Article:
- 3.2L V6
- Horsepower @ RPM:
- Torque @ RPM:
Rexton is SsangYong’s first new model since it disappeared from the market a few years ago and falls between the compact and large SUV categories. It features up 7 seats on some models, for the price of a RAV4 or X-trail. It might appear to customers be a bargain. But those who have driven a modern European or Japanese 4x4 will be unimpressed. The Kia Sorento and Hyundai Santa Fe are less pretentious and would be far more worthy targets for those looking for a bargain 4x4.
SsangYong Group was founded in 1939 and now it is a great industrial company, having branches in several different areas: concrete, oil, paper, financial information. In 1986, SsangYong bought Ha Dong Hwan Motor Company, which had been producing integrated traction automotives and trucks since 1954.
Behind the wheel
The vehicle provides bright plastic wood and an old-school layout interior. The steering wheel adjusts for height and there’s the usual commanding view of the road but the blacked out rear windows on the higher spec models does impair rear visibility at night. Taller and larger drivers may find it a little cramped given that it’s a large car. Although the radio buttons are fiddly to operate, the seats are comfortable enough for long trips.
Having enough room for 5 adults and their luggage, Rexton is almost a full size 4x4. The interior proportions are decent, too. The material used may be functional, but are completely at adds with SsangYong UK’s claims that the Rexton is a premium vehicle. It certainly isn’t. The dull grey color and smooth hard surfaces are typical of products designed for the Korean market. Diesels are noisy.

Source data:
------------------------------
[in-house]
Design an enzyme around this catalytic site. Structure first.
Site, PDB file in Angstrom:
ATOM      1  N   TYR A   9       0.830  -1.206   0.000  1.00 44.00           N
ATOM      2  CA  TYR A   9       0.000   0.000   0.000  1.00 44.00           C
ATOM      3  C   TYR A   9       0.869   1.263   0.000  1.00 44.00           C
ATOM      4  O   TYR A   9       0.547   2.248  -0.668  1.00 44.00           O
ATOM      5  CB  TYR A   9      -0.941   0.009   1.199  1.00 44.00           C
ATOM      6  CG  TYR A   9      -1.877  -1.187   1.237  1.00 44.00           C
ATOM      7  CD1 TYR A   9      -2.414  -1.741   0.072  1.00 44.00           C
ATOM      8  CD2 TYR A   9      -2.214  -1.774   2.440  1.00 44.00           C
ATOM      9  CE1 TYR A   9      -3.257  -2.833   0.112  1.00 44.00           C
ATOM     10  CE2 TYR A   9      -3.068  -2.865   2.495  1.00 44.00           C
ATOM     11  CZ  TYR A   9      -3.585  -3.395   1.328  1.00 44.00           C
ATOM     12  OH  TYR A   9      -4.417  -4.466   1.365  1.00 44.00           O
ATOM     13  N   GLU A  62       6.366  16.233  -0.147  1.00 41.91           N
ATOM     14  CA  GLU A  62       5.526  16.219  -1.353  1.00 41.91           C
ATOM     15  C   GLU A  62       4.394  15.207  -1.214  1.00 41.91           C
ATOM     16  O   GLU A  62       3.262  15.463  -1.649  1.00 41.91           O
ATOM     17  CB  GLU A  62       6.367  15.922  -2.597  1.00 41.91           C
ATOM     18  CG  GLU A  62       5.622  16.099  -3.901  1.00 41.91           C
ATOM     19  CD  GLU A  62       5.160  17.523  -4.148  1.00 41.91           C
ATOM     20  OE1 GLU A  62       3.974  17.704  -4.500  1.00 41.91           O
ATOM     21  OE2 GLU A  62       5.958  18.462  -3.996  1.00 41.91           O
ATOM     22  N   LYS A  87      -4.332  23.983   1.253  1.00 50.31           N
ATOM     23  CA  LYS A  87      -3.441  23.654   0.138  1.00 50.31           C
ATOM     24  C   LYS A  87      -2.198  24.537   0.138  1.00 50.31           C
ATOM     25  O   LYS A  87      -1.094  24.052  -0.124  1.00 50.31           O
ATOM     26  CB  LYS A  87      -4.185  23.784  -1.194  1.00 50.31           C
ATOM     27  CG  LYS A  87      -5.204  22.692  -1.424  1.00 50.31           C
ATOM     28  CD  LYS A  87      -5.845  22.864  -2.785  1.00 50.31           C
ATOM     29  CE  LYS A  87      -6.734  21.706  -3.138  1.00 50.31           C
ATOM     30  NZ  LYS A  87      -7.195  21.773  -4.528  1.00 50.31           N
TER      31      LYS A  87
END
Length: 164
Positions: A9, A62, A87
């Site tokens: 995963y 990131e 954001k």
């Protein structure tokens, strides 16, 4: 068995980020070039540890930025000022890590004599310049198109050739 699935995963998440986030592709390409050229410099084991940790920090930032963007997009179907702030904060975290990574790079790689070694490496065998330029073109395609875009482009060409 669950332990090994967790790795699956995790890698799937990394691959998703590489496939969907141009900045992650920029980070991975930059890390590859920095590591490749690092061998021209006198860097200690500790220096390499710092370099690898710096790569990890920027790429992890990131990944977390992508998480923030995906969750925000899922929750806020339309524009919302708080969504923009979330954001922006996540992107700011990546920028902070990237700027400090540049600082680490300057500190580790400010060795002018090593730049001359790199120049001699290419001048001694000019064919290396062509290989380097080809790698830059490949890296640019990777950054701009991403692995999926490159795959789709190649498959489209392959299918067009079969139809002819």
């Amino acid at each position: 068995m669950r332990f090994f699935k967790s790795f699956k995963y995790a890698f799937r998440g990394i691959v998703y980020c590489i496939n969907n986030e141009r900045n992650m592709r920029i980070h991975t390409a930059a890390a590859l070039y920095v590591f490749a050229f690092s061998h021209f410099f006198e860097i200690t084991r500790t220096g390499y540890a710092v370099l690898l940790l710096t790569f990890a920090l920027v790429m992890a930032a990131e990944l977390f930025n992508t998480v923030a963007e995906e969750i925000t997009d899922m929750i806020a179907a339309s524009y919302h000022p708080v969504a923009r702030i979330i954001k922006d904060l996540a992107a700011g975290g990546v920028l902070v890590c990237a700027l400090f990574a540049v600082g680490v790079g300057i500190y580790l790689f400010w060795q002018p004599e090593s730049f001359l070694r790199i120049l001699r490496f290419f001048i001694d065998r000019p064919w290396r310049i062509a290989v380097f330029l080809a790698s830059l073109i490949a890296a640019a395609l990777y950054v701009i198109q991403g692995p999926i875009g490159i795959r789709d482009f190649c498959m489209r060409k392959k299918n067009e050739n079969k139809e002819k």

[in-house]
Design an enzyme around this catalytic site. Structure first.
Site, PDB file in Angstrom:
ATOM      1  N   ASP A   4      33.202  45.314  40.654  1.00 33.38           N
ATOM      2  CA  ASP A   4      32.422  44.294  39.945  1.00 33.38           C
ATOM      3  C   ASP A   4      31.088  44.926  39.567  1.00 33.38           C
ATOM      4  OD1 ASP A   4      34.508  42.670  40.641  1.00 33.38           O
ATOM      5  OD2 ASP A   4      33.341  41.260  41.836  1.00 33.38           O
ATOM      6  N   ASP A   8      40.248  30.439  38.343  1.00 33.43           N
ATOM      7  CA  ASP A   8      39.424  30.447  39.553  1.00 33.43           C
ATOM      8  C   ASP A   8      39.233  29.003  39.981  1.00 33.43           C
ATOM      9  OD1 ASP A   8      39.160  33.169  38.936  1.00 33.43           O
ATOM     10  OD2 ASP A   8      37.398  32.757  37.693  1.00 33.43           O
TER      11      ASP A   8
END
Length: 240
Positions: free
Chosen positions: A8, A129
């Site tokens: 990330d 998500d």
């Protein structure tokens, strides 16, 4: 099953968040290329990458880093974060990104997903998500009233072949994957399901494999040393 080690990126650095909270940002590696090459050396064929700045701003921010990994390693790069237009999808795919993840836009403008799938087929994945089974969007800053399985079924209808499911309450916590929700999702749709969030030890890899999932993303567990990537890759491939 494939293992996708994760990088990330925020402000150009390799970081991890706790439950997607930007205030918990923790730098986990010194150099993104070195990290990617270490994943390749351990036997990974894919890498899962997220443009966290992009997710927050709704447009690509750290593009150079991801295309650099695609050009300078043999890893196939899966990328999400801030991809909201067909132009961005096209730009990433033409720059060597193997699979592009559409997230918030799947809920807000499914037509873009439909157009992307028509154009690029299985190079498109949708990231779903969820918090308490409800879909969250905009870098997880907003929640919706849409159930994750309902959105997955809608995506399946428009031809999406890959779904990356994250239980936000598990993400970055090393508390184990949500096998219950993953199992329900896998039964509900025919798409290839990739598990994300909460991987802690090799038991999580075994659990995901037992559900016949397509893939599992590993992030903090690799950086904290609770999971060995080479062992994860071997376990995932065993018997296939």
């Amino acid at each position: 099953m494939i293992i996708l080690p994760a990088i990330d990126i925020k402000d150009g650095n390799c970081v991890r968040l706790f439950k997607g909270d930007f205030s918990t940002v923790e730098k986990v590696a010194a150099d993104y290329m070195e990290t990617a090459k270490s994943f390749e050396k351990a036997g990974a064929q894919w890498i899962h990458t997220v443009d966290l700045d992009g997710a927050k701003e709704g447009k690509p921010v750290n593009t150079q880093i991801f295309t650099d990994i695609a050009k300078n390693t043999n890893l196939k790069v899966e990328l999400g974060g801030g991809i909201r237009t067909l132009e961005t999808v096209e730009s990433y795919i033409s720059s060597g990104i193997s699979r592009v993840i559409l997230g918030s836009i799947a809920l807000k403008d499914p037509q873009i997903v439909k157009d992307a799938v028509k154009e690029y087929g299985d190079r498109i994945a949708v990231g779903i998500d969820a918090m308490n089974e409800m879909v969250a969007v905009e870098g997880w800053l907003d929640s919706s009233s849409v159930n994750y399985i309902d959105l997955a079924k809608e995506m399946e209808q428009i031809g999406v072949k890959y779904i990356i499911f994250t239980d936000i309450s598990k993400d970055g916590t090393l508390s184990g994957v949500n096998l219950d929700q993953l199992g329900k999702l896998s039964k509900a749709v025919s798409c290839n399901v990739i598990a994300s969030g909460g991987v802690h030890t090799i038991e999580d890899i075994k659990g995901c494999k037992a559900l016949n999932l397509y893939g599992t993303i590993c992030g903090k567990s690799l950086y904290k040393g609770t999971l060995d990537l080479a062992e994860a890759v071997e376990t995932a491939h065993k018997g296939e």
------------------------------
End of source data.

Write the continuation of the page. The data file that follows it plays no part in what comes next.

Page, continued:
All models have dual airbags with pretensioners side-airbags, side impact beams, ABS, traction control, a 3.5 tone towing capacity, air-conditioning, a CD player, leather steering wheel, alloy wheels and roof rails. SE and SX models get deluxe leather seating.
Initially 2 engines were offered: a 2.9 liter diesel and a 3.2 petrol. The 290 diesel is an older technology unit, that’s why it’s noisy and needs to be worked hard to get performance. Fuel economy is acceptable for a car of this size – we just got over 28 mpg with the diesel. A 2.7 liter five-cylinder modern turbodiesel arrived mid-2004 with an auto transmission option, replacing both previous engines. Fuel consumption can’t match that offered by diesel compact 4x4s like the Honda CR-V, Nissan X-trail and Toyota RAV4 but the engine offers plenty of pulling power. The manual gearchange is notchy.
The Rexton is narrower than most large 4x4s, causing it to have a higher centre of gravity. Suspension is set firmer to reduce body roll and results in a harsh ride over bumps. In 2-wheel-drive mode, it can slip around, but is more sure-footed in 4-wheel-drive. Being very light, the steering wheel fails to provide enough feedback to have full confidence in the car. However it makes maneuvering easy as does its tight turning circle.
The cupholders are 2 different sizes. One’s too big for a cola can, the other’s too small. There is a selection of small storage bins, roof rails, door pockets, plit-fold rear seats and even somewhere for your sunglasses. An extra 2 seats are available at a $450 premium, but can then say goodbye to luggage space when all seven are used. With just 5 seats in place the boot is very large.
SsangYong has a reputation for mechanical durability, but this is a new model so time will tell. Some interior trim did feel as though it could work loose over time. Some electrical problems have been reported in the past.
SsangYong hasn’t been crash tested by Euro NCAP, but the car is provided with twin airbags standard, seatbelt pretensioners and traction control. Side airbags are available as an option with leather seats. A Thatcham Category I alarm and immobilizer and remote central locking are fitted as standard.